Trump judges uphold abortion waiting period, overturn 50 year old gun law, and allow gender discrimination in school
- HOW TO SUPPORT: I know we are all facing unprecedented financial hardships right now. If you are in the position to support my work, I have a patreon, venmo, and a paypal set up. No pressure though, I will keep posting these pieces publicly no matter what – paywalls suck.
- NOTIFICATIONS: You can signup to receive a once-weekly email with links to my posts.
All six Trump-appointed judges on the 6th Circuit Court of Appeals joined with three George W. Bush appointees to allow Tennessee’s restrictive abortion law to remain in effect. Last year, District Court Judge Bernard Freidman (Reagan appointee) struck down the state’s 2015 law requiring a 48-hour waiting period before obtaining an abortion, finding it placed a substantial burden on women.
The state appealed, seeking a stay, and a three-judge panel of the 6th Circuit denied the pause. Trump judge Amal Thapar dissented from the panel’s majority, advising the state to immediately appeal to the full circuit or to the Supreme Court. Tennessee took the first option, leading to the latest decision allowing the 48-hour waiting period to remain in effect while the appeal is pending.
The majority granting the stay (PDF) was made up of all Trump judges – Thapar, Bush, Larsen, Nalbandian, Readler, and Murphy – plus George W. Bush appointees Sutton, Griffin, and Kethledge.
Clinton appointee Karen Nelson Moore dissented (page 17), joined by Gibbons (W. Bush appointee), White (W.), Cole (Clinton appointee), Clay (Clinton), Stranch (Obama appointee), and Donald (Obama).
Considering the waiting period’s practical effects, the district court found “that the statutory waiting period burdens the majority of abortion patients with significant, and often insurmountable, logistical and financial hurdles”—delaying the procedure far more than the nominal 48 hours and increasing the cost of the procedure alone as much as twofold… Coupled with the costs of attending a second in-person appointment—travel expenses, lost wages, childcare, and more—the district court found that the waiting period put the 60 to 80 percent of women seeking an abortion in Tennessee who qualify as low-income at “grave risk” of sacrificing basic necessities in order to have an abortion…The district court found, moreover, that the law’s actual delays—as long as four weeks for a second appointment—pushed many women past the cutoff for a medication abortion, forcing them to undergo a more invasive, painful, and costly surgical procedure to terminate their pregnancies…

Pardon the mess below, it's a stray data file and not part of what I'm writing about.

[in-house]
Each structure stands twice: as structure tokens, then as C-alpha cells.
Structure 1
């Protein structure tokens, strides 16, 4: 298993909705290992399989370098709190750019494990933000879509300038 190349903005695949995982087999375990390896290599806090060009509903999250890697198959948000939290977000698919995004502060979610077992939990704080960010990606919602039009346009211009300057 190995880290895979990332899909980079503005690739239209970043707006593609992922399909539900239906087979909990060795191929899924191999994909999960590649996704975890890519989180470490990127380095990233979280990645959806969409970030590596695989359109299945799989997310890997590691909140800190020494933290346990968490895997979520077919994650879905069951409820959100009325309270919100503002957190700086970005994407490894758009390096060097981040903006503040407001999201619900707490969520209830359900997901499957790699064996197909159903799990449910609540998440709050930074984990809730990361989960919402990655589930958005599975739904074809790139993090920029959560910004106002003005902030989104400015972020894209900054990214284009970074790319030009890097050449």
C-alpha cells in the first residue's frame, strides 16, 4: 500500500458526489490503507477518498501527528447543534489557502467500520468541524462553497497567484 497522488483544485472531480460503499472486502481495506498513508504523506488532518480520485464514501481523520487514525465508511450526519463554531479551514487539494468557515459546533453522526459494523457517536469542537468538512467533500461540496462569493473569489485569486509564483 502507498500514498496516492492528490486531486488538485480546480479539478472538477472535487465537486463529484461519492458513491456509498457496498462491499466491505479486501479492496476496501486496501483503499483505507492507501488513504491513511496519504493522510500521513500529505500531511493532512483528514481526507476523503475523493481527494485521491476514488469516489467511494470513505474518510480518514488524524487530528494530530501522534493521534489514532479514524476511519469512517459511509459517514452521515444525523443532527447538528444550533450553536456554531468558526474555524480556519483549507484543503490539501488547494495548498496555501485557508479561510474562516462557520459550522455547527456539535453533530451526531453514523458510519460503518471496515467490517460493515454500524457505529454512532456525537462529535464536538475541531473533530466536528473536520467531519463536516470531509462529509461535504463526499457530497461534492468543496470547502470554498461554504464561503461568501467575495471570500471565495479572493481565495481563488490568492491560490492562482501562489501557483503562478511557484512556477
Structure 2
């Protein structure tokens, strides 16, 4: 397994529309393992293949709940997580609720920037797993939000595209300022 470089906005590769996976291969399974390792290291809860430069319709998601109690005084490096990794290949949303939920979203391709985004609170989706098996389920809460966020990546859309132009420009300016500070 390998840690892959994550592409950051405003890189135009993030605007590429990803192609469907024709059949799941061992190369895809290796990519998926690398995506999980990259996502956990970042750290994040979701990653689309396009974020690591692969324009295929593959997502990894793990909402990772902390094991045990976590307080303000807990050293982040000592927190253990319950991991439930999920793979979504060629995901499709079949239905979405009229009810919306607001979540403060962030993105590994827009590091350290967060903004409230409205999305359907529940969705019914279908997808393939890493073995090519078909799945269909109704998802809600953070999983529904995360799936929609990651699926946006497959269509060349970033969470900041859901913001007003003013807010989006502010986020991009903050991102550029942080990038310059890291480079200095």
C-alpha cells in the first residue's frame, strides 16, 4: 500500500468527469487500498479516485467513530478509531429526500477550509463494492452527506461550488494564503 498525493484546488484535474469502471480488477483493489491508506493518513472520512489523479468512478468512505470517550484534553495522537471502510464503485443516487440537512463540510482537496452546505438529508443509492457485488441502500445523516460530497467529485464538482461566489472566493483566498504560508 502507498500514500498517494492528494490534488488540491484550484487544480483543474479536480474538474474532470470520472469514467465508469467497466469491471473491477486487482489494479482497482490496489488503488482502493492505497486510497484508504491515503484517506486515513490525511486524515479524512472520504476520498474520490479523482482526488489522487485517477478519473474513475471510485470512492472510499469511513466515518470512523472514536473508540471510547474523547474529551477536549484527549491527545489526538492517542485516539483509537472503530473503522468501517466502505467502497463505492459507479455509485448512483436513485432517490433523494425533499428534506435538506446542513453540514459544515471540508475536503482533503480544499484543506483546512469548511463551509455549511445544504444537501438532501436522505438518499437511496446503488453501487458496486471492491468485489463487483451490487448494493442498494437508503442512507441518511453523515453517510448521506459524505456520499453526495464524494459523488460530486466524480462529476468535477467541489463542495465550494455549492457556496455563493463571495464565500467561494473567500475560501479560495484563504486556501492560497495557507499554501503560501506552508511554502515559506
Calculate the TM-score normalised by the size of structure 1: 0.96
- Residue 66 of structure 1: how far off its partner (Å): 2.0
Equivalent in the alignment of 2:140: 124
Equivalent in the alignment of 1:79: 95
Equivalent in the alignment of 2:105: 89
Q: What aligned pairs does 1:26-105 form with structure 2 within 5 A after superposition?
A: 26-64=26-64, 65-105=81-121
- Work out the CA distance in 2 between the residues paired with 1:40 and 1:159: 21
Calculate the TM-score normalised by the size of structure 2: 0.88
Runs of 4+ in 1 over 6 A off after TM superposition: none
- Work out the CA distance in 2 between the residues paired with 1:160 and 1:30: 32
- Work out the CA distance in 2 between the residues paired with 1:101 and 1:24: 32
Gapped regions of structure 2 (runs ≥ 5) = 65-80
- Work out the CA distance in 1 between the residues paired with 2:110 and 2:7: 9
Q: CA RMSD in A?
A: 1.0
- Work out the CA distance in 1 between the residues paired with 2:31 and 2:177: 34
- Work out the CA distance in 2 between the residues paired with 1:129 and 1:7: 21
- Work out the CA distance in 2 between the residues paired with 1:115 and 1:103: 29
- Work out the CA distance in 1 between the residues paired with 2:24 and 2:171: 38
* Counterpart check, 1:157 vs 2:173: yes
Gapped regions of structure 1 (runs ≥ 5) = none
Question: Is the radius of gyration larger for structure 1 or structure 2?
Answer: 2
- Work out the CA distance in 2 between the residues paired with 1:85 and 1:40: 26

An honest look at the record compels but one conclusion: a law that peddles in stigma, forces women into unnecessary and invasive surgical procedures, and forces low-income women to sacrifice basic necessities for themselves and their families in order to obtain an abortion is nothing if not an undue burden. I dissent.
Trump appointee Amy St. Eve wrote a 2-1 opinion upholding an Indiana “abortion complication” reporting law that could subject providers to jail time. The law, Senate Bill 340, passed by the legislature in 2018 vaguely defines an abortion complication as “any adverse physical or psychological condition arising from the induction or performance of an abortion.” Planned Parenthood sued, arguing that the language was unconstitutionally vague. A district court agreed, issuing an injunction.
In 2019, the Indiana legislature amended the law to list specific complications but left in place “psychological complications” and “other adverse events” as required reporting conditions. Further, the revised law includes conditions that could have other causes; depression, for example. Indiana Southern District Court Judge Richard Young again found the phrasing to be unconstitutionally vague (PDF):
“Consider a physician who treats a woman who previously obtained an abortion and is experiencing depression. Under the statute, the physician must decide whether the patient’s depression arose from the abortion procedure. But that statute provides no guidance as to how the physician — who is not a licensed psychiatrist or clinical psychologist — must make that determination.”
However, last week, St. Eve joined with Reagan appointee Frank Easterbrook in overturning Young’s ruling (PDF). Judge Diane Wood, a Clinton appointee, dissented (page 25):